• SEC should not require the reporting of Scope 3 emissions: SEC should recognize the inherent difficulties, overlaps, and inconsistencies with reporting of comparable Scope 3 emissions and forgo any requirement Scope 3 emissions reporting. Scope 3 emissions estimates are often calculated based on inconsistent assumptions, are largely beyond a company’s control, and result in large-scale double and triple counting of emissions across product and service value chains. Mandated reporting of Scope 3 emission information is likely to be unhelpful at best and potentially misleading to the reasonable investor.
    • SEC should not impose an attestation requirement; attestation of climate information should be voluntary (or only required if material): The proposed attestation requirements pose significant implementation and workability challenges. Although AXPC understands the value of third-party verification, the timeline of the proposed rule is impractical for compliance by registrants. Requiring third-party attestors in the proposed timeframe is truly unworkable due to a lack of expertise and/or adequate labor pool to perform the service under the timeframe proposed.
    • SEC’s proposal needs to be workable along with other federal emissions reporting requirements: The US Environmental Protection Agency (EPA) is the recognized federal agency expert regarding emissions reporting and regulation and their Greenhouse Gas Reporting Program (GHGRP) is the most consistent, comparable emission dataset available today. EPA’s authority over air quality has resulted in a much more appropriate program for any emissions reporting requirements. SEC should not direct registrants to use a separate reporting methodology that may result in conflicting emissions reporting, confusion, and less comparability of disclosures for investors.

The SEC voted to propose climate disclosure rules that, if finalized, would require publicly listed companies to disclose extensive and often subjective information related to climate risk and assessments including how extreme weather events and the transition to a lower-carbon economy might affect their business in existing SEC filing forms.  In the proposal the SEC deviates from its traditional stance of allowing companies to determine materiality based on industry and individual company risk instead dictating materiality on a specific topic. And, the proposal also requires companies to provide emission data within SEC financial filings and more details about how a company would achieve emissions reductions goals and will result in companies needing to overhaul enterprise risk management and financial accounting systems in order to comply with the proposed disclosure requirements.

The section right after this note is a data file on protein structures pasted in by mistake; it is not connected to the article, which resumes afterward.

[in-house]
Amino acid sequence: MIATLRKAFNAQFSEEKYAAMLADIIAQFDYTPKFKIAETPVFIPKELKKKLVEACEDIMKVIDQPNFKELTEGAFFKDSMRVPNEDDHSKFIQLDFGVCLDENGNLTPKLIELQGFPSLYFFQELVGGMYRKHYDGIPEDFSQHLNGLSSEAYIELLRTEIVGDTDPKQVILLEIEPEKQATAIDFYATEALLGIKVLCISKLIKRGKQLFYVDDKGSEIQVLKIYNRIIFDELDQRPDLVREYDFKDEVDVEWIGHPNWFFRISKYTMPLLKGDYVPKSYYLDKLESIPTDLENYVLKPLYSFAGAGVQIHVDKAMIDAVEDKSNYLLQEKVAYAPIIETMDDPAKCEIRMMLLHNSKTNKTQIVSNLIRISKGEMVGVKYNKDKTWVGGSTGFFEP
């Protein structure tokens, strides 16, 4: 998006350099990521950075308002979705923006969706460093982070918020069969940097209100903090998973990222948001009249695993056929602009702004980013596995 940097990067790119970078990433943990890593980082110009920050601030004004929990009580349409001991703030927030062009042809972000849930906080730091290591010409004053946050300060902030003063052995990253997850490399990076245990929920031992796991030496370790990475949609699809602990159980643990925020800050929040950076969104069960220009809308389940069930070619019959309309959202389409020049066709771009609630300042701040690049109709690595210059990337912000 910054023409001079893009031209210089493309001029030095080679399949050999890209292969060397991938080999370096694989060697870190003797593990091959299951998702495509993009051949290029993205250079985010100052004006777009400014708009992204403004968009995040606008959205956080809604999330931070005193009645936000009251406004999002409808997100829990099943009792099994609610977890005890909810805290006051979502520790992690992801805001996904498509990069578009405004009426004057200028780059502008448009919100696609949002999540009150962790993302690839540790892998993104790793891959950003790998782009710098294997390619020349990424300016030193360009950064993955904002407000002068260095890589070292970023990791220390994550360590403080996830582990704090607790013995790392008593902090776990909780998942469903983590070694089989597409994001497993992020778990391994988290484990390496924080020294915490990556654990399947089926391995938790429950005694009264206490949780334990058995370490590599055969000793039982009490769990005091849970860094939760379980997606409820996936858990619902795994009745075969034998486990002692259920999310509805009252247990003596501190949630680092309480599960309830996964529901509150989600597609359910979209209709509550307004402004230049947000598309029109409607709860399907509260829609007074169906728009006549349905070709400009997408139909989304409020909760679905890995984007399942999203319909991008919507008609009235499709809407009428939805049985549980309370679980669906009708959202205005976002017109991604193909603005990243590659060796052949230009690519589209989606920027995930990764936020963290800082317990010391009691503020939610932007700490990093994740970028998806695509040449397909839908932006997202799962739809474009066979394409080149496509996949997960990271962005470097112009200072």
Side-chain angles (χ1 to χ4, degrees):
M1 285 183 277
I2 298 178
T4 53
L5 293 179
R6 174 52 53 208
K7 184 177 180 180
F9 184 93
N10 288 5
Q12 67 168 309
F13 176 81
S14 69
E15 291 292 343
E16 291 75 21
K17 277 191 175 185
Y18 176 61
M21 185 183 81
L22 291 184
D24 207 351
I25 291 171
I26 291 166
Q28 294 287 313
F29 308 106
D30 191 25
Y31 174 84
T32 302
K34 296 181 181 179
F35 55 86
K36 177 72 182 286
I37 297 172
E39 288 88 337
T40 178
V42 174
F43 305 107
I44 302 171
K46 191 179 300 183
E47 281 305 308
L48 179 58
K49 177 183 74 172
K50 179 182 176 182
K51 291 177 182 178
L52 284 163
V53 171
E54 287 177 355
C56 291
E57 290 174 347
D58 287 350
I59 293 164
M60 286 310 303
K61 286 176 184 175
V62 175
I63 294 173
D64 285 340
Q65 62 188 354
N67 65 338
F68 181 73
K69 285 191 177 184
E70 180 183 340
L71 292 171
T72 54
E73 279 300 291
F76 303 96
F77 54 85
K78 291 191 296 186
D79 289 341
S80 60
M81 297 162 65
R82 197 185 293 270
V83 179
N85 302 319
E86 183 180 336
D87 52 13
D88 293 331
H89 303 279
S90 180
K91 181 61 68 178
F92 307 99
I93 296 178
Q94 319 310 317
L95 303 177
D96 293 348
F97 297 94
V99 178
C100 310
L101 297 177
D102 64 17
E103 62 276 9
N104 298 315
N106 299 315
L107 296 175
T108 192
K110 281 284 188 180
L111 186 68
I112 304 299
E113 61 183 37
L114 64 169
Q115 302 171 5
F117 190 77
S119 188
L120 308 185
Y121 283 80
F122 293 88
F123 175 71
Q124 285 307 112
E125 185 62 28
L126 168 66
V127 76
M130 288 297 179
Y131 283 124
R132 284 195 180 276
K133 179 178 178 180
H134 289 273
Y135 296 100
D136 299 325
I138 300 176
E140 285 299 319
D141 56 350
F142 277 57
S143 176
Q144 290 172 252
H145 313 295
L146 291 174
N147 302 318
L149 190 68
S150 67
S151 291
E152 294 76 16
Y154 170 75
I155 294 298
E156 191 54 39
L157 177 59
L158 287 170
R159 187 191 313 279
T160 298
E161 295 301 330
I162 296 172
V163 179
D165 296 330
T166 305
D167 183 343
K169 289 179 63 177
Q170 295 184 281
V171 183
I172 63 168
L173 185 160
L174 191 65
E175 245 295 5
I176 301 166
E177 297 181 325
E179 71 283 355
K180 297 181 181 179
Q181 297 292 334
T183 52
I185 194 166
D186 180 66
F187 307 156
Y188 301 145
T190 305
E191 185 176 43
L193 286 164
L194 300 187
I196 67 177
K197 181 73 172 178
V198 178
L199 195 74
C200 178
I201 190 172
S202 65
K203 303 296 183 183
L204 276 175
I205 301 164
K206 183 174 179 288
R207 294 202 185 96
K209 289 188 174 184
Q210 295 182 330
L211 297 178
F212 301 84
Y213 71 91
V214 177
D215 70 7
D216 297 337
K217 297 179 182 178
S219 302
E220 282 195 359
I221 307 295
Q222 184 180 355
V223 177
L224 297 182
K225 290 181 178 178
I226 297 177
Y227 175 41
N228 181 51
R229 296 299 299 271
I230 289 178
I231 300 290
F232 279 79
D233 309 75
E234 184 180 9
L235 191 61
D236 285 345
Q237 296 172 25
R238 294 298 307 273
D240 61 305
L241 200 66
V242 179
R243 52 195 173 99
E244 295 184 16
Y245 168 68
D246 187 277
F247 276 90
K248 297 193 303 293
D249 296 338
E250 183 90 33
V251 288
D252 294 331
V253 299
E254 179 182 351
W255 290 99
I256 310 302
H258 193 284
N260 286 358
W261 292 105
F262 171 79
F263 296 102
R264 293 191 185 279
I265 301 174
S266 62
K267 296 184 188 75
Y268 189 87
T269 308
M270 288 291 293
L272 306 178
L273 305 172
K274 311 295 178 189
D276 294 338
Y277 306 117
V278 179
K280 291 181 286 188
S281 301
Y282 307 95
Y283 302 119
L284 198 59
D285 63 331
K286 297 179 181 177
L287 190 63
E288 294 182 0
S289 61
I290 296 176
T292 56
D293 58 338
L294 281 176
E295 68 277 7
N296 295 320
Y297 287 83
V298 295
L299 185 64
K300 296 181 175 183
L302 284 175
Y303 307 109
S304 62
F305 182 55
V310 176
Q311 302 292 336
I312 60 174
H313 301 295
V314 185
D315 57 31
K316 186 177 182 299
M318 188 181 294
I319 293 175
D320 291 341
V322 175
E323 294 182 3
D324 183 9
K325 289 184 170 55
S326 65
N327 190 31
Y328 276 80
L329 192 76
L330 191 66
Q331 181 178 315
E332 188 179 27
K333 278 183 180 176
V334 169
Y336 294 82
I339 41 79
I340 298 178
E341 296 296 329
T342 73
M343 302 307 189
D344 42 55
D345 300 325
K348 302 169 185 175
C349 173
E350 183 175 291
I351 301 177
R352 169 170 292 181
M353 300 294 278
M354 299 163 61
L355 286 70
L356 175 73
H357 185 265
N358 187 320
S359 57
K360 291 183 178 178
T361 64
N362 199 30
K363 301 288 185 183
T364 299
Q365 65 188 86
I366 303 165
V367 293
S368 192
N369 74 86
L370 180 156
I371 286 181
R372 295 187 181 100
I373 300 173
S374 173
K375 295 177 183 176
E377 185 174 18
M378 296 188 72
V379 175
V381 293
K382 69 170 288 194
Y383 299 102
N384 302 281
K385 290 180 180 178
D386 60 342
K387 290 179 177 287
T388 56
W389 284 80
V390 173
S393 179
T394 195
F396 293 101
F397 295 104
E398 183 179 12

About the American Exploration and Production Council:
AXPC is a national trade association representing the largest independent oil and natural gas exploration and production companies in the United States. We lead the world in the cleanest and safest onshore production of oil and gas, while supporting millions of Americans in high-paying jobs and investing a wealth of resources in our communities. Learn more at